Shopping Tips & Tricks

With more of Australia in lockdown with the recent outbreaks, there’s sure to be an uptick in online shopping. This week I bring some shopping tips to get the most out of your dollars spent: ways to get coupons, deals, cashback and more.

Disclaimer: I’m not an affiliate marketer, and receive no compensation whatsoever. For the cashback sites I have included referral links, should you decide to sign up.

  1. Cashback Rewards
  2. Coupon Sites
  3. Using a VPN to Shop
  4. Abandoned Cart Discounts

Cashback Rewards

The two main sites for Australian consumers are Shopback and Cashrewards. They offer varying rates of cashback for purchases from major retailers and brands, and both of these sites have a minimum cash out amount of $10.01. ‘Upsized’ cashback rates of 10%-15% are offered occasionally at different retailers (most of the time they are around 1%-5%). The categories of products available for cashback for each individual retailer are constantly updated as well, so make sure your product is in the right category for cashback.

Image source: Shopback Website

Shopback

For me I’ve mostly used Shopback (as it was the first one I’d seen recommended – for my monitor upgrade last year). With regular cashback purchases, they will become redeemable after 3 months following payment. As mentioned the minimum withdraw amount is $10.01, and will take around 3-5 business days. Shopback also offers limited-time ‘challenges’ to complete with extra rewards.

However someone I know has only been able to successfully redeem 1 of their 7 completed challenges. While seeking assistance they came across a well-hidden ‘chat support’ link – which unfortunately takes users less than useful chatbot and not a real person. Additionally, it was only after signing up that I found out about their cybersecurity breach that happened 2 weeks prior (mid Sep 2020).

Image source: Cashrewards Website

Cashrewards

Cashrewards is a website offering similar cashback services: a cursory comparison shows that it shares many of the same retailers, online shops and major outlets as Shopback (with the same cashback rates, upsized options and cashback product categories). While appearing mostly the same as Shopback, the one advantage is that it has yet to be reported in the news as having fallen victim to a cyber attack breach – for that reason, I’d probably have chosen them in retrospect.

Coupon Sites + Extensions

For coupons there are two main options I use (or have tried):

OzBargain

Image source: Ozbargain website

OzBargain is a site that differs from others in that it is a more community-driven site (affiliate deals are present, accounting for around 50% of deals). Users share and upvote special shared offers – think Reddit, but for coupon codes. It also features a separate forum, which is likely the source of unruly reviews of the site (mostly about poor moderation at the hands of power-tripping mods).

It’s a real mixed bag of deals – offers may range from $1.50AUD Instant Noodles (in a 5-pack!) to iPhone XRs and video game sales. There are also freebies (mostly in the form of ebooks and udemy courses).

I came across OzBargains last year when price checking Xiaomi’s 34″ Ultrawide monitor: finding an upvoted link to a verified ebay seller and the recommendation to use Shopback for 10% cashback. I proceeded to make the purchase (and received $59AUD cashback a few months later).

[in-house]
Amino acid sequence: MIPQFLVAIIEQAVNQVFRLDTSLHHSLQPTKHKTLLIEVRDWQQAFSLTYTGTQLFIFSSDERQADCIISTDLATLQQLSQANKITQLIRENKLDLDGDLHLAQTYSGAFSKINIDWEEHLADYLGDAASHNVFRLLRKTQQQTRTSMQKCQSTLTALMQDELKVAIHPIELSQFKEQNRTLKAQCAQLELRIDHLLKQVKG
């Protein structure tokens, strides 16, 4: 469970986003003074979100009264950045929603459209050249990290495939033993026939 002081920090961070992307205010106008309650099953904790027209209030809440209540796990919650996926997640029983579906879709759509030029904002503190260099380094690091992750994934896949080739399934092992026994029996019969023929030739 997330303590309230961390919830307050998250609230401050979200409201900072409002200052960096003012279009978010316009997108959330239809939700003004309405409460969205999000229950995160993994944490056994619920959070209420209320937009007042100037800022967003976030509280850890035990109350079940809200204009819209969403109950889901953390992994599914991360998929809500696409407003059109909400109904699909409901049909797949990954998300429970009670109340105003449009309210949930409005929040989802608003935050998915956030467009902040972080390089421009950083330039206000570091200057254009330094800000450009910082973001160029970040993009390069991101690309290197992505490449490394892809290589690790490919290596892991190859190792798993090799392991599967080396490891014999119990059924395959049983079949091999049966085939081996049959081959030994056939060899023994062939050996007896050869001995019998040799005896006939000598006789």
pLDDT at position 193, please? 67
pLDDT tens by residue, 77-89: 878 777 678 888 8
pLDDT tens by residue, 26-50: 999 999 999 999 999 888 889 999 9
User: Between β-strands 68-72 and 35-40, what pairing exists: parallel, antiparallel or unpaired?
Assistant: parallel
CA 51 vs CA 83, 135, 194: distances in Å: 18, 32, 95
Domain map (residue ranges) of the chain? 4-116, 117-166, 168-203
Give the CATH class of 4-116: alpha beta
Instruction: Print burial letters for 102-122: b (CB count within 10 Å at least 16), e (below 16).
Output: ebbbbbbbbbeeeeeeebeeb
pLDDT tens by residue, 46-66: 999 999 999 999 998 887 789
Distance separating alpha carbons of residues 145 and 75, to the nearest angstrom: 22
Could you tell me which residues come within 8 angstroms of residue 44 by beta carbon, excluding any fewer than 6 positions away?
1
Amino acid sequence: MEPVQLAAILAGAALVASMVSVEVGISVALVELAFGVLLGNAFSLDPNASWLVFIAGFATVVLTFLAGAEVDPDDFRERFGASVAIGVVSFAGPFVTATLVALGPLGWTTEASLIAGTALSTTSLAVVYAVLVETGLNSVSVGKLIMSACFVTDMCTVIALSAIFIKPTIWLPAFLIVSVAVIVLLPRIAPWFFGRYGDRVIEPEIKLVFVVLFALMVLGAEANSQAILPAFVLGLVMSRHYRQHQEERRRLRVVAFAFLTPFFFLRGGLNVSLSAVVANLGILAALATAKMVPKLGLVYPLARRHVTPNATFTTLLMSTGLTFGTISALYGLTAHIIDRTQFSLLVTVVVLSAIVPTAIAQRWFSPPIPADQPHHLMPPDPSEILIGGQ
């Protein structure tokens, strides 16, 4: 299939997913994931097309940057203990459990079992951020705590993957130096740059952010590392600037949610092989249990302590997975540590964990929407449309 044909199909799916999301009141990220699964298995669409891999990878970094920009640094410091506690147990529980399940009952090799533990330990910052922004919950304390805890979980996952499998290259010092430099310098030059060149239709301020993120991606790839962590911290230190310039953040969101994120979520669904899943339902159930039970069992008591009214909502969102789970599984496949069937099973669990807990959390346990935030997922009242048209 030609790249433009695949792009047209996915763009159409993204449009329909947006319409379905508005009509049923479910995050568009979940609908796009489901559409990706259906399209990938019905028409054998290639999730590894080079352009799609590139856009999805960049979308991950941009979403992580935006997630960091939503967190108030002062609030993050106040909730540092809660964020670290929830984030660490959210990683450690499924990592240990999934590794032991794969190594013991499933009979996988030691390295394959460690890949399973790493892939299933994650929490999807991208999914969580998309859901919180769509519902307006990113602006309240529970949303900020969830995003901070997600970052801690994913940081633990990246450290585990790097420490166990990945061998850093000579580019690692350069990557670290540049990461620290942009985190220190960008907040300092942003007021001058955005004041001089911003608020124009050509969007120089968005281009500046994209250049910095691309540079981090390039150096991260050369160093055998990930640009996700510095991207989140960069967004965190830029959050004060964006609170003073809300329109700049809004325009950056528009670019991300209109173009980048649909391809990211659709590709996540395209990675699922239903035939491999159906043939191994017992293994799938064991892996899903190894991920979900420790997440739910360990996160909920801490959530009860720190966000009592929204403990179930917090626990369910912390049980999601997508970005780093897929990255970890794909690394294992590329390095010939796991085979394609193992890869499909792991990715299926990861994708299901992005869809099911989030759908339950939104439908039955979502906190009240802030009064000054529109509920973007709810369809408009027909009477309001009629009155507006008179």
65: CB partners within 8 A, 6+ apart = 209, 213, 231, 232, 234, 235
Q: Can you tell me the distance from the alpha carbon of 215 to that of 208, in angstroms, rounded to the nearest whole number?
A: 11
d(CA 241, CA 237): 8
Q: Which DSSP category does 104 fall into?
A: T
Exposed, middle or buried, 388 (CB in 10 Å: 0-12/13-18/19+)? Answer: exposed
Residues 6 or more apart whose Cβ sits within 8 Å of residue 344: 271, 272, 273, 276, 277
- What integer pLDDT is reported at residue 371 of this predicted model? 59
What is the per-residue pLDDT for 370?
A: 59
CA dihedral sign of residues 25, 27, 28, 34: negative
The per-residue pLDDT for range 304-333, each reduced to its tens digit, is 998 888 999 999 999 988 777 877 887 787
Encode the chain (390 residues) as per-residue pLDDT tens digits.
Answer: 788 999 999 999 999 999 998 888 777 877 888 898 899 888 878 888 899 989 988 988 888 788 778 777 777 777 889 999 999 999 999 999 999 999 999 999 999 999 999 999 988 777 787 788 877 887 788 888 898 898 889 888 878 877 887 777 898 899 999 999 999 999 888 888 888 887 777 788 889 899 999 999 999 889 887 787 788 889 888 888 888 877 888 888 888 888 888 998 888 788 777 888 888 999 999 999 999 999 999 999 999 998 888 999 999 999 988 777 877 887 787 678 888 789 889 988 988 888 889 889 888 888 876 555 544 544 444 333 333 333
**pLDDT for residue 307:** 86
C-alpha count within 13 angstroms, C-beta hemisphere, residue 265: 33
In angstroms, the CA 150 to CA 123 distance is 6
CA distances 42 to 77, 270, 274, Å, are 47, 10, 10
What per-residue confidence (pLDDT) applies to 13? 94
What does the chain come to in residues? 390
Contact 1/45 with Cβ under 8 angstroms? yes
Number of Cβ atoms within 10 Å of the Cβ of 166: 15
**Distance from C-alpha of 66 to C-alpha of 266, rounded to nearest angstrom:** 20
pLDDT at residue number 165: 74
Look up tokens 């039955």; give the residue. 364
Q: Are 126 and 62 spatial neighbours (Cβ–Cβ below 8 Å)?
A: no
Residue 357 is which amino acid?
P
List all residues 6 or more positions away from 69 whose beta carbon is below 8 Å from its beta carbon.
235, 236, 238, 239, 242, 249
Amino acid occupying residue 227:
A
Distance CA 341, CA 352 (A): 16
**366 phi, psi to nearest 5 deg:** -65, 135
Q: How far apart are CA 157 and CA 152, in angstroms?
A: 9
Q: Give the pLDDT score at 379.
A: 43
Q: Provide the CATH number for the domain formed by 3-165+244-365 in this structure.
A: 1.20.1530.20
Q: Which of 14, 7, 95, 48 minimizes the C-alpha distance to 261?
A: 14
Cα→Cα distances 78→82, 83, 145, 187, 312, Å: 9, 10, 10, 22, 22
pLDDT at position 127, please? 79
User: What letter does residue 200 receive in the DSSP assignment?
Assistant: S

Honey

Image source: Honey website

Honey is by far the easiest to use as it works best as a browser extension. After registering and signing into the extension, it will helpfully show you working coupons and codes for discounts on whatever website you’re browsing. On the Honey website it’ll also display ‘Live Codes’ (including how long ago they were used, codes exclusive to Honey, and websites with high traffic).

Note: like many other browser extensions, in order to work it’ll need to access data for all websites you browse (except private windows, provided you leave that unchecked in settings).

Using a VPN to Shop

Image source: pcmag

A lesser known use of a VPN service is to take advantage of dynamic pricing. Dynamic pricing is a method that (mostly airlines and hotel) companies use to offer individualised prices based on personal data they collect about you. When you use a VPN to make such purchases, you can save up to USD$50-70 per flight.

However, flights and hotel bookings likely aren’t on your radar at the moment. Being in lockdown, you’ll be far more likely to go for streaming services such as Spotify and Netflix. With online subscriptions you’ll be connecting via VPN to the countries with the cheapest month/yearly prices.

Generally the lower a country’s cost of living is, the cheaper the prices are likely to be for online subscriptions. For example, the cheapest Spotify premium subscription is from India (119 rupees, which is a little over $2AUD/month), and the country offering the most cost-effective Netflix plan is Argentina (279 ARS, just under $4AUD/month).

It’s worth noting that Netflix has been more effective in blocking VPN server connections in the last year or two, so while it’d be cheaper to subscribe in Argentina it’s likely you’ll run into more issues accessing its streaming library.

Related: Top 3 Paid VPN services I recommend

Abandoned Cart Discounts

Image source: Shopify

Some online shopping platforms will offer an abandoned cart discount. If you add an item to cart and leave it there for a day or two, you may receive a discount offer as incentive.

Whether this happens (and how much discount) depends on the seller as it is a “private offer”: once I received 16 such discounts from the same seller: most of them were for 10% (although I did receive 20% and 5% off as well).

Published by Tech Neck Nick

I'm a cybersecurity major postgrad student from Sydney, Australia. Support my fight against Writer's Block.

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